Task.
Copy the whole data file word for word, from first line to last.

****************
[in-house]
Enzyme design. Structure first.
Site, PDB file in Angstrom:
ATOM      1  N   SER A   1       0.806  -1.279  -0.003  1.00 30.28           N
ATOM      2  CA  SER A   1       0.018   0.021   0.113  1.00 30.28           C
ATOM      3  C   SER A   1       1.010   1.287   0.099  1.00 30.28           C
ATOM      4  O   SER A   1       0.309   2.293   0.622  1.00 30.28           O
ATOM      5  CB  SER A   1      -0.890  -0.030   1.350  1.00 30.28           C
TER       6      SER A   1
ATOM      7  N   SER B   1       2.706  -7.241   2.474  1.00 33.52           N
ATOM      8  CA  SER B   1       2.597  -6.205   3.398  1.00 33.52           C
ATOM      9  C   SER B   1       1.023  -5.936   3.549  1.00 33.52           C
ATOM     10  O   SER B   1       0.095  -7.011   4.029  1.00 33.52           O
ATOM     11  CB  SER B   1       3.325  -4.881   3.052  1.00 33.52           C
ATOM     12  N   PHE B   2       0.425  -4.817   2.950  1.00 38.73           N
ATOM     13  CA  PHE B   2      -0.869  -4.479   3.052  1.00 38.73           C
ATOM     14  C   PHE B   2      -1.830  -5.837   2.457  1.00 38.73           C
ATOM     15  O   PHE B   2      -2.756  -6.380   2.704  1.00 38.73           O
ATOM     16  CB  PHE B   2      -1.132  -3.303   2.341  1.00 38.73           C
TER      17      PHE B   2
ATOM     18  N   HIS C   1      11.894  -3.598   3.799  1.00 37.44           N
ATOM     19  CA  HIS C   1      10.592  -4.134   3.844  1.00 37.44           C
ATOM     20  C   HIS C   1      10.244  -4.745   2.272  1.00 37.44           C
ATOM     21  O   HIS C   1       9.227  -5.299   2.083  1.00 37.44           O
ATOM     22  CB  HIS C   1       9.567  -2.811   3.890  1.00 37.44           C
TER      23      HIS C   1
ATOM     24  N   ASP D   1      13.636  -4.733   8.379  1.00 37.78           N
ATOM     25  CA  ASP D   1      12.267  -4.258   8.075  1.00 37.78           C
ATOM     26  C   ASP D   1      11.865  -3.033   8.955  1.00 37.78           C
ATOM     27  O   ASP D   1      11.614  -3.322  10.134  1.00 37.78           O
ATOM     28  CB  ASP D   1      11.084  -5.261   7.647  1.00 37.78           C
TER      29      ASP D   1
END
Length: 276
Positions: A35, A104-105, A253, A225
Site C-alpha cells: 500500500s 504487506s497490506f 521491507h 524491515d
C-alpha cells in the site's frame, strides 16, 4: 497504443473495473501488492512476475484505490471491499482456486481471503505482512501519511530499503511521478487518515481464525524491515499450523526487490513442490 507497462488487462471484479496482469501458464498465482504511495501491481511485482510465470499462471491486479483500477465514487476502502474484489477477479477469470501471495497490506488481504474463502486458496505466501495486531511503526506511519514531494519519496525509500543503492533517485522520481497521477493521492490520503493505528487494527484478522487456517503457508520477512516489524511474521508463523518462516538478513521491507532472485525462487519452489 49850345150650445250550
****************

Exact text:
[in-house]
Enzyme design. Structure first.
Site, PDB file in Angstrom:
ATOM      1  N   SER A   1       0.806  -1.279  -0.003  1.00 30.28           N
ATOM      2  CA  SER A   1       0.018   0.021   0.113  1.00 30.28           C
ATOM      3  C   SER A   1       1.010   1.287   0.099  1.00 30.28           C
ATOM      4  O   SER A   1       0.309   2.293   0.622  1.00 30.28           O
ATOM      5  CB  SER A   1      -0.890  -0.030   1.350  1.00 30.28           C
TER       6      SER A   1
ATOM      7  N   SER B   1       2.706  -7.241   2.474  1.00 33.52           N
ATOM      8  CA  SER B   1       2.597  -6.205   3.398  1.00 33.52           C
ATOM      9  C   SER B   1       1.023  -5.936   3.549  1.00 33.52           C
ATOM     10  O   SER B   1       0.095  -7.011   4.029  1.00 33.52           O
ATOM     11  CB  SER B   1       3.325  -4.881   3.052  1.00 33.52           C
ATOM     12  N   PHE B   2       0.425  -4.817   2.950  1.00 38.73           N
ATOM     13  CA  PHE B   2      -0.869  -4.479   3.052  1.00 38.73           C
ATOM     14  C   PHE B   2      -1.830  -5.837   2.457  1.00 38.73           C
ATOM     15  O   PHE B   2      -2.756  -6.380   2.704  1.00 38.73           O
ATOM     16  CB  PHE B   2      -1.132  -3.303   2.341  1.00 38.73           C
TER      17      PHE B   2
ATOM     18  N   HIS C   1      11.894  -3.598   3.799  1.00 37.44           N
ATOM     19  CA  HIS C   1      10.592  -4.134   3.844  1.00 37.44           C
ATOM     20  C   HIS C   1      10.244  -4.745   2.272  1.00 37.44           C
ATOM     21  O   HIS C   1       9.227  -5.299   2.083  1.00 37.44           O
ATOM     22  CB  HIS C   1       9.567  -2.811   3.890  1.00 37.44           C
TER      23      HIS C   1
ATOM     24  N   ASP D   1      13.636  -4.733   8.379  1.00 37.78           N
ATOM     25  CA  ASP D   1      12.267  -4.258   8.075  1.00 37.78           C
ATOM     26  C   ASP D   1      11.865  -3.033   8.955  1.00 37.78           C
ATOM     27  O   ASP D   1      11.614  -3.322  10.134  1.00 37.78           O
ATOM     28  CB  ASP D   1      11.084  -5.261   7.647  1.00 37.78           C
TER      29      ASP D   1
END
Length: 276
Positions: A35, A104-105, A253, A225
Site C-alpha cells: 500500500s 504487506s497490506f 521491507h 524491515d
C-alpha cells in the site's frame, strides 16, 4: 497504443473495473501488492512476475484505490471491499482456486481471503505482512501519511530499503511521478487518515481464525524491515499450523526487490513442490 507497462488487462471484479496482469501458464498465482504511495501491481511485482510465470499462471491486479483500477465514487476502502474484489477477479477469470501471495497490506488481504474463502486458496505466501495486531511503526506511519514531494519519496525509500543503492533517485522520481497521477493521492490520503493505528487494527484478522487456517503457508520477512516489524511474521508463523518462516538478513521491507532472485525462487519452489 49850345150650445250550